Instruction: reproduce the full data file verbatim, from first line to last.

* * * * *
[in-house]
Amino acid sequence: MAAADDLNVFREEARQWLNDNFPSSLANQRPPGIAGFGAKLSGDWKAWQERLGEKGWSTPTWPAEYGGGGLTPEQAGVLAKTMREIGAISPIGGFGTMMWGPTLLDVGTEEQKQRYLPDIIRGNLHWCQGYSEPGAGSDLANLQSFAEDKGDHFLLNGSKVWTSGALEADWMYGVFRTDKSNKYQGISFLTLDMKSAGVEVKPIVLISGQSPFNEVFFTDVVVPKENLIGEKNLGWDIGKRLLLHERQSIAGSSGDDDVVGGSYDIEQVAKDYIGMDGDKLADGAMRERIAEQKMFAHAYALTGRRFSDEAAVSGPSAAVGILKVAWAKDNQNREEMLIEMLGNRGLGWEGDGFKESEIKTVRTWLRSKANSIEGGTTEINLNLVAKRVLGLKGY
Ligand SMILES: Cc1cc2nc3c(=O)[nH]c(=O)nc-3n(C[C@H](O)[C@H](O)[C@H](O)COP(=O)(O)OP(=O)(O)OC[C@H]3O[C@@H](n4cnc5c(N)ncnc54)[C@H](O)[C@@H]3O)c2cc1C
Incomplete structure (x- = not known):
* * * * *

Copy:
[in-house]
Amino acid sequence: MAAADDLNVFREEARQWLNDNFPSSLANQRPPGIAGFGAKLSGDWKAWQERLGEKGWSTPTWPAEYGGGGLTPEQAGVLAKTMREIGAISPIGGFGTMMWGPTLLDVGTEEQKQRYLPDIIRGNLHWCQGYSEPGAGSDLANLQSFAEDKGDHFLLNGSKVWTSGALEADWMYGVFRTDKSNKYQGISFLTLDMKSAGVEVKPIVLISGQSPFNEVFFTDVVVPKENLIGEKNLGWDIGKRLLLHERQSIAGSSGDDDVVGGSYDIEQVAKDYIGMDGDKLADGAMRERIAEQKMFAHAYALTGRRFSDEAAVSGPSAAVGILKVAWAKDNQNREEMLIEMLGNRGLGWEGDGFKESEIKTVRTWLRSKANSIEGGTTEINLNLVAKRVLGLKGY
Ligand SMILES: Cc1cc2nc3c(=O)[nH]c(=O)nc-3n(C[C@H](O)[C@H](O)[C@H](O)COP(=O)(O)OP(=O)(O)OC[C@H]3O[C@@H](n4cnc5c(N)ncnc54)[C@H](O)[C@@H]3O)c2cc1C
Incomplete structure (x- = not known):